In a great interview over on Penny Arcade, Adam Schatz, the developer of the excellent looking top-down heist game Monaco, has related his thoughts on crowd-funding, Kickstarter in particular. Among other things he describes stretch goals as “bullshit”. Does a pretty convincing job of it, too.
The kernel of his argument is that stretch goals, where a developer agrees to include new features with a game if they reach a certain funding target (new characters, vehicles, sixmore graphics, etc), forms a kind of additive designmentality. Suggesting that game design is about developing a basic game and then slotting in features. He says that “the way you should do it is you figure out what the game is, you figure out what the game needs, and you should make that.” He concedes there are other design methodologies but that’s his core point.
It’s an interesting argument. Certainly, games like Super Hexagon would lose something with addition. It’s a perfectly honed game, one which gains from being so lean. Had backers (it wasn’t a Kickstarter game, but if it where,hypothetically) asked for more levels, custom soundtracks, in-game speed options, well, it would have lost something.
“To me, you should decide if the game is incomplete without those features” Schatz says. “If the game is missing a finger, add a finger, if the game is not missing a finger, don’t add one. That’s sort of my take on Kickstarters.”
Stretch goals bloat games.
This all said, and taking Schatz’s concession into account, perhaps a way of looking at stretch goals is fast-tracking expansions/DLC. Publishers commission expansions for games which have proven their success. Stretch goals are a way of commissioning new features for Kickstarters that have proven theirsuccess. It’s rolling the post-release stage of a game’s sales into its development. Now, I don’t think this is necessarily a good thing – as Schatz makes clear, it can muddle the vision of the the core game – but it does give us anappropriatemodel to view it with.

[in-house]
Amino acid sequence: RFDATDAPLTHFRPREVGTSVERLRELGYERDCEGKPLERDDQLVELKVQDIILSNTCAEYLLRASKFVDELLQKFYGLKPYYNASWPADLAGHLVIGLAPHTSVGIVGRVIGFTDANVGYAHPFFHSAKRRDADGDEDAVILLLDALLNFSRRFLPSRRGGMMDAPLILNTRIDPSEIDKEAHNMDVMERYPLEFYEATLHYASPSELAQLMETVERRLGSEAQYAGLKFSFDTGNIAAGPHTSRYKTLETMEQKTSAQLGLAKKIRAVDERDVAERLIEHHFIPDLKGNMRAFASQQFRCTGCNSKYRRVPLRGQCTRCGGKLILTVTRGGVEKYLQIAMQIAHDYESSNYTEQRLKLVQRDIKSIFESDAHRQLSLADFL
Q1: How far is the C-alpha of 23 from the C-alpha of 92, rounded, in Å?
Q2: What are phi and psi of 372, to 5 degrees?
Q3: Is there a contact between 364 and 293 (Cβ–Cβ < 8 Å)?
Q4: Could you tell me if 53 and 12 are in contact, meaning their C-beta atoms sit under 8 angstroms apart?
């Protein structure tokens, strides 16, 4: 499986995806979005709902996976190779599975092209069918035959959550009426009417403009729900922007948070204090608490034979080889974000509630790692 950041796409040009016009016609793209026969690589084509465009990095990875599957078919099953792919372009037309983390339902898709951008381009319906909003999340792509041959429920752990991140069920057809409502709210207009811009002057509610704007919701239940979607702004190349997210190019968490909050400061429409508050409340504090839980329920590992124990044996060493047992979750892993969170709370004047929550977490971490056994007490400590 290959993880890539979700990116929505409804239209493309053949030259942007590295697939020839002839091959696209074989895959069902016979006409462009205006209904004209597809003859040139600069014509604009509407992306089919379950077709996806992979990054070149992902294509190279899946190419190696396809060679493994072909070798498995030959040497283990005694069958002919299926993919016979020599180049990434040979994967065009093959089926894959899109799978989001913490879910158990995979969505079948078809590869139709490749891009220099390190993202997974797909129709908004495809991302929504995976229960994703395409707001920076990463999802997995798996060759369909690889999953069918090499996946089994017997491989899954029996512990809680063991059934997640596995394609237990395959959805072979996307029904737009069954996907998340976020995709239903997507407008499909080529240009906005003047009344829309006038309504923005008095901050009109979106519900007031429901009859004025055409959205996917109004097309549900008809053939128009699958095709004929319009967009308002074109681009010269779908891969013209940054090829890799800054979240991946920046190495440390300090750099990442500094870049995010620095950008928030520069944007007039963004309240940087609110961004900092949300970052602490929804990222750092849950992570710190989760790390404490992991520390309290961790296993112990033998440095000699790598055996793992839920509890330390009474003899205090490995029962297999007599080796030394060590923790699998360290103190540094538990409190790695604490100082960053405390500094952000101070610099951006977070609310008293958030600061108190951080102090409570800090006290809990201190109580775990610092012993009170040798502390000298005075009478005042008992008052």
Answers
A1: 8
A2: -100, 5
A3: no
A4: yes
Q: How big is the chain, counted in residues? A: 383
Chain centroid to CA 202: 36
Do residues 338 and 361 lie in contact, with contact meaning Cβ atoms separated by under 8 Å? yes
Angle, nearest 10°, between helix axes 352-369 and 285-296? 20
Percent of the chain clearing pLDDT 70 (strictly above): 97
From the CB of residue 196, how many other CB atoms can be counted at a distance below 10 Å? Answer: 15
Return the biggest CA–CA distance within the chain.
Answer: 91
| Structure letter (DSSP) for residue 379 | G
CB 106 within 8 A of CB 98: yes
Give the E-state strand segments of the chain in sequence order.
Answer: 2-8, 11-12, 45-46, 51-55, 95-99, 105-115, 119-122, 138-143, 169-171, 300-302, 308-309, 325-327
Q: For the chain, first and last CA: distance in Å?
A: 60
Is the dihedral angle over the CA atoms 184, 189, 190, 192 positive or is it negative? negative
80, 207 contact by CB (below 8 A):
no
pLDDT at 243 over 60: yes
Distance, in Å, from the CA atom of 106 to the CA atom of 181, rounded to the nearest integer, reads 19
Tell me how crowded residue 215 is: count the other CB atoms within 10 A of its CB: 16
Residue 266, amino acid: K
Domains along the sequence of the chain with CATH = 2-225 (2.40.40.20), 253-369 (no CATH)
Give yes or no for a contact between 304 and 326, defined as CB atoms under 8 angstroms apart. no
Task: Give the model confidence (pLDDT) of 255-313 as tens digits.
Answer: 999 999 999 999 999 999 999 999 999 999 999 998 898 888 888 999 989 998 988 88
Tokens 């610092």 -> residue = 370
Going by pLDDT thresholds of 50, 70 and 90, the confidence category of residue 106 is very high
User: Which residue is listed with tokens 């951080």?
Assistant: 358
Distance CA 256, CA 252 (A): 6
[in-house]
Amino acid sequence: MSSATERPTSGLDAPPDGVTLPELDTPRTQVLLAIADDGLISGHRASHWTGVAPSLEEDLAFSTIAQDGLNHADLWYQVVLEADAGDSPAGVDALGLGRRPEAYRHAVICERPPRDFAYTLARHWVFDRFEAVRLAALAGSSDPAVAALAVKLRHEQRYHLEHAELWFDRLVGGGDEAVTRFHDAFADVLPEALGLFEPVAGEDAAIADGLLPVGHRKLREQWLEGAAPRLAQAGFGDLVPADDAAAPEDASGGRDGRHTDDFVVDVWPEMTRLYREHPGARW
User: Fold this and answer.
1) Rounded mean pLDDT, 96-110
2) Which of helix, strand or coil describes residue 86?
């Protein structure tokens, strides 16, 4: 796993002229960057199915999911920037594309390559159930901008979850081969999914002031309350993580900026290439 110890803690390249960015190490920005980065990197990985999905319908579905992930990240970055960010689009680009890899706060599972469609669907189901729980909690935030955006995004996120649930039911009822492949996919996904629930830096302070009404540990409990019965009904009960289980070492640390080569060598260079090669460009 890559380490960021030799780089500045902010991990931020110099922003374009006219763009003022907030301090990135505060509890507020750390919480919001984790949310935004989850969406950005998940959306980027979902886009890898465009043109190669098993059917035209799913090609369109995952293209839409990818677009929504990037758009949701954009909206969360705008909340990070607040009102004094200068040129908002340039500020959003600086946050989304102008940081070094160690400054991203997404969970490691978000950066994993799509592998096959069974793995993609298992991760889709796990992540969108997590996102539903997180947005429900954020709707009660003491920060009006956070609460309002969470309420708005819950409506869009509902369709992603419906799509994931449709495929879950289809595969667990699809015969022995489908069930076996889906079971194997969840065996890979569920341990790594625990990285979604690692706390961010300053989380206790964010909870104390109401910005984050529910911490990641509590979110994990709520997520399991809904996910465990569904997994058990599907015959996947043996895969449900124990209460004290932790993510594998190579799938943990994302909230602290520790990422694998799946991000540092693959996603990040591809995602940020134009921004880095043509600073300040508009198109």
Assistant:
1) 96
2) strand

The main issue with stretch goals when compared to expansions is that expansions are released for successful games, moreimportantly for released games. Money is never a good indicator of quality but sales are at least a sometime-symptom of it and retail success coupled with investors who can play the game they’re commissioning to beexpandedcan at least deem the worth of the game for themselves, and sense whether there is a need for the features that are being proposed. The material with which the pledgers decide to commission, because they are commissioning, is oftennot going to be demonstrative of the quality of the final game.
It could be that backers throwing more money, more development time, and more features at a game that will not benefit from it in the slightest.,